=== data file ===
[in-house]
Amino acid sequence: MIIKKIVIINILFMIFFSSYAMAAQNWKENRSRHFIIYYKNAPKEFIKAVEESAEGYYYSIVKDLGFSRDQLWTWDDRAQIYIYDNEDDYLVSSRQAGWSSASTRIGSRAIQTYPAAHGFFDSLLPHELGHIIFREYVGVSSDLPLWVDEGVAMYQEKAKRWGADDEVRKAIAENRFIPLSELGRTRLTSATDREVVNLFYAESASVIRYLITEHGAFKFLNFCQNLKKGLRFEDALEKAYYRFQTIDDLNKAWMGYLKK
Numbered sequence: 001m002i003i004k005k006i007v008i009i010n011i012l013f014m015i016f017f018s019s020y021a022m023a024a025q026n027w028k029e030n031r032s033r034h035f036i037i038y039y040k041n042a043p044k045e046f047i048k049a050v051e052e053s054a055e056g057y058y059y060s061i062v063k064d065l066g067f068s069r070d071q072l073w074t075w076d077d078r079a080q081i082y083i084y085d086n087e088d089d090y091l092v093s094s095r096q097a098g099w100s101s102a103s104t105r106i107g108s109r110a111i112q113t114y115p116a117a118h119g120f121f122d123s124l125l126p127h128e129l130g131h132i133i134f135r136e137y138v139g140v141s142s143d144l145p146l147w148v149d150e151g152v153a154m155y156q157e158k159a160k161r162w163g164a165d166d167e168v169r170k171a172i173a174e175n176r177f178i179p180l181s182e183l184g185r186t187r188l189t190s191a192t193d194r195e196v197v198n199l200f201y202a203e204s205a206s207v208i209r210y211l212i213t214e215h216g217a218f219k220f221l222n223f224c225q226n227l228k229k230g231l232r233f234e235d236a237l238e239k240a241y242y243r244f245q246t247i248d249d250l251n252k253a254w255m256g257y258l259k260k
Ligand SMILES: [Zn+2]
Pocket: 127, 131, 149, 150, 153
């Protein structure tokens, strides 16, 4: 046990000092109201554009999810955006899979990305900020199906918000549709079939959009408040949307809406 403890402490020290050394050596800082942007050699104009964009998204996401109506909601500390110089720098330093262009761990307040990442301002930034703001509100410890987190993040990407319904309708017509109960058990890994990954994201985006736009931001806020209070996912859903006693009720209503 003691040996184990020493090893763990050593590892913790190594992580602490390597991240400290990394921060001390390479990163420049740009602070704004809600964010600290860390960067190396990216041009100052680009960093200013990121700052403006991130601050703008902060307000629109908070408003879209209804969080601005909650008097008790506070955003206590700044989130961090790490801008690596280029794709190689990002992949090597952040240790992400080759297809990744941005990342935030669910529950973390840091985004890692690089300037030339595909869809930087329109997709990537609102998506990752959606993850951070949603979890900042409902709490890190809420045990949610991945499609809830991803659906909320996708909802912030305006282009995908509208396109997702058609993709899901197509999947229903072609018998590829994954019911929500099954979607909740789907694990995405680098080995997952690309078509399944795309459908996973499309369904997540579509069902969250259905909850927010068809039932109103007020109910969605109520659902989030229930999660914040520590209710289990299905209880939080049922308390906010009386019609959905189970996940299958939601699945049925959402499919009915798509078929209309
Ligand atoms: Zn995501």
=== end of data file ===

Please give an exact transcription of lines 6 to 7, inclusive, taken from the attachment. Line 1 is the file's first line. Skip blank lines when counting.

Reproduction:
């Protein structure tokens, strides 16, 4: 046990000092109201554009999810955006899979990305900020199906918000549709079939959009408040949307809406 403890402490020290050394050596800082942007050699104009964009998204996401109506909601500390110089720098330093262009761990307040990442301002930034703001509100410890987190993040990407319904309708017509109960058990890994990954994201985006736009931001806020209070996912859903006693009720209503 003691040996184990020493090893763990050593590892913790190594992580602490390597991240400290990394921060001390390479990163420049740009602070704004809600964010600290860390960067190396990216041009100052680009960093200013990121700052403006991130601050703008902060307000629109908070408003879209209804969080601005909650008097008790506070955003206590700044989130961090790490801008690596280029794709190689990002992949090597952040240790992400080759297809990744941005990342935030669910529950973390840091985004890692690089300037030339595909869809930087329109997709990537609102998506990752959606993850951070949603979890900042409902709490890190809420045990949610991945499609809830991803659906909320996708909802912030305006282009995908509208396109997702058609993709899901197509999947229903072609018998590829994954019911929500099954979607909740789907694990995405680098080995997952690309078509399944795309459908996973499309369904997540579509069902969250259905909850927010068809039932109103007020109910969605109520659902989030229930999660914040520590209710289990299905209880939080049922308390906010009386019609959905189970996940299958939601699945049925959402499919009915798509078929209309
Ligand atoms: Zn995501």